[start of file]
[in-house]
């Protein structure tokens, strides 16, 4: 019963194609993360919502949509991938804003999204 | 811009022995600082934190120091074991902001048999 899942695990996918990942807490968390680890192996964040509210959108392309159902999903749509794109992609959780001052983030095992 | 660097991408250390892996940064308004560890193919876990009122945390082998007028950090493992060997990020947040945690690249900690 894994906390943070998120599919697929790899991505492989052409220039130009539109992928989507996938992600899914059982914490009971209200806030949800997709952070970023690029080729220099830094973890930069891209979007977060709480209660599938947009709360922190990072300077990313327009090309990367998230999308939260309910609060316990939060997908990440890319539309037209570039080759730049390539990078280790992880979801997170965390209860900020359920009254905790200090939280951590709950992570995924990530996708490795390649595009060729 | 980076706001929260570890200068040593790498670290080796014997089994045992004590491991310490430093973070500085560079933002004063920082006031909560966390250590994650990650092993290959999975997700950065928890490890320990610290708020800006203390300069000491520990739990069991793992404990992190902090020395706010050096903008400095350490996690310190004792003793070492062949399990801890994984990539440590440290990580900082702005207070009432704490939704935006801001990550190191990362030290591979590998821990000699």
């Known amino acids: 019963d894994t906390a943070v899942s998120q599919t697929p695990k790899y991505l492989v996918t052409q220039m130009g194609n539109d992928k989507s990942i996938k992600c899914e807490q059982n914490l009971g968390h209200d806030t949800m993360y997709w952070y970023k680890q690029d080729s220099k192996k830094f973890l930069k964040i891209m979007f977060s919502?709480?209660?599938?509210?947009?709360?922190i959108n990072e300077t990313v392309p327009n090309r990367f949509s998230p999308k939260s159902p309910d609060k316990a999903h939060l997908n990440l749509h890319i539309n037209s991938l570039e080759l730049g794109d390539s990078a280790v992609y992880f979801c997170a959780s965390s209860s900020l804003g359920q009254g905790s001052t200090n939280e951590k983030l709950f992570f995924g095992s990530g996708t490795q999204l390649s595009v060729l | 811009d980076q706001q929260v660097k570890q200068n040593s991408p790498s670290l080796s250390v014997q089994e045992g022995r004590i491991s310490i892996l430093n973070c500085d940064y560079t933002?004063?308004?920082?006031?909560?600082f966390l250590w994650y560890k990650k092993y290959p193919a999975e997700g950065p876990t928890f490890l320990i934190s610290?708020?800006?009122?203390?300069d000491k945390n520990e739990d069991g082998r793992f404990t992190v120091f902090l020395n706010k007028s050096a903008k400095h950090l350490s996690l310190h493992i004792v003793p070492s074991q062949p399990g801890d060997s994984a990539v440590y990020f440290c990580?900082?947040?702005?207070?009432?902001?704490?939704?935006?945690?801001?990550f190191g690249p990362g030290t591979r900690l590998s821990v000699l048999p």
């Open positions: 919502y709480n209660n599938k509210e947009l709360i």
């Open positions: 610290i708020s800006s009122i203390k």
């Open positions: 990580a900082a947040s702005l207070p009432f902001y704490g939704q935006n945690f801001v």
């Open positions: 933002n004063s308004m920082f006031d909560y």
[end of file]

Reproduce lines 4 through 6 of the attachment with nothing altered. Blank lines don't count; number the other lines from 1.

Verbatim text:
């Open positions: 919502y709480n209660n599938k509210e947009l709360i």
């Open positions: 610290i708020s800006s009122i203390k």
């Open positions: 990580a900082a947040s702005l207070p009432f902001y704490g939704q935006n945690f801001v």